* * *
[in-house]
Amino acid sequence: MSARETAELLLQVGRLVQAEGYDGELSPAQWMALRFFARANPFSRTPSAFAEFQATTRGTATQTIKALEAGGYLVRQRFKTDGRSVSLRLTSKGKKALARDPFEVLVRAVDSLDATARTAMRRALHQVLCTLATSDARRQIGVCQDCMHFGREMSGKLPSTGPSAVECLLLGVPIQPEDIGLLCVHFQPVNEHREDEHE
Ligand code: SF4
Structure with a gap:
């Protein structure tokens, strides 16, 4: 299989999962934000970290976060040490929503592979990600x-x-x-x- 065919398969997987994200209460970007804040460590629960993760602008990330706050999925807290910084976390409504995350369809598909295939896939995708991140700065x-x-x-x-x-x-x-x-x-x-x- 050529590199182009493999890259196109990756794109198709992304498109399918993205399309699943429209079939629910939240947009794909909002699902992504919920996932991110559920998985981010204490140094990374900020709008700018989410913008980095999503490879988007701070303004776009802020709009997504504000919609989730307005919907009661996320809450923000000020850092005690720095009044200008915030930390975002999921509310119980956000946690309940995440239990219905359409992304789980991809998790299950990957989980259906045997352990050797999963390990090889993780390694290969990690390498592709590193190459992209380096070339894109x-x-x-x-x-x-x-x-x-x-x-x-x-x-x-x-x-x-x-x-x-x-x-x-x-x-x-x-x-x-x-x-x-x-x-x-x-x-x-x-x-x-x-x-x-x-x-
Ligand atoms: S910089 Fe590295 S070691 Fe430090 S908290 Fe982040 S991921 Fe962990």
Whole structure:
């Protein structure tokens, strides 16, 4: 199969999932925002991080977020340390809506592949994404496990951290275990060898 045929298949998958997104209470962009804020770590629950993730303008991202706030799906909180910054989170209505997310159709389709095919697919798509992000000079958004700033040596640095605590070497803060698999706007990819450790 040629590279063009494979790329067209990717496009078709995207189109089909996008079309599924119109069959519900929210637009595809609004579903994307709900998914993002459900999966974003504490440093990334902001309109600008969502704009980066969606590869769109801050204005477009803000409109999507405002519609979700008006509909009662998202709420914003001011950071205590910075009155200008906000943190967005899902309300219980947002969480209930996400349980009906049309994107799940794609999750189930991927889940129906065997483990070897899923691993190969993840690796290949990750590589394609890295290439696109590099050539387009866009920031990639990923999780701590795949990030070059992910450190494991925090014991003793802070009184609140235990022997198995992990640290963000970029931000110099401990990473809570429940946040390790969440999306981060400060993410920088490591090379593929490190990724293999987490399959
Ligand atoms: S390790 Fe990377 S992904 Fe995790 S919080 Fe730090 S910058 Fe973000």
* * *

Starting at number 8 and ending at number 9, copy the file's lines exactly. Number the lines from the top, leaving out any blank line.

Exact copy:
């Protein structure tokens, strides 16, 4: 199969999932925002991080977020340390809506592949994404496990951290275990060898 045929298949998958997104209470962009804020770590629950993730303008991202706030799906909180910054989170209505997310159709389709095919697919798509992000000079958004700033040596640095605590070497803060698999706007990819450790 040629590279063009494979790329067209990717496009078709995207189109089909996008079309599924119109069959519900929210637009595809609004579903994307709900998914993002459900999966974003504490440093990334902001309109600008969502704009980066969606590869769109801050204005477009803000409109999507405002519609979700008006509909009662998202709420914003001011950071205590910075009155200008906000943190967005899902309300219980947002969480209930996400349980009906049309994107799940794609999750189930991927889940129906065997483990070897899923691993190969993840690796290949990750590589394609890295290439696109590099050539387009866009920031990639990923999780701590795949990030070059992910450190494991925090014991003793802070009184609140235990022997198995992990640290963000970029931000110099401990990473809570429940946040390790969440999306981060400060993410920088490591090379593929490190990724293999987490399959
Ligand atoms: S390790 Fe990377 S992904 Fe995790 S919080 Fe730090 S910058 Fe973000």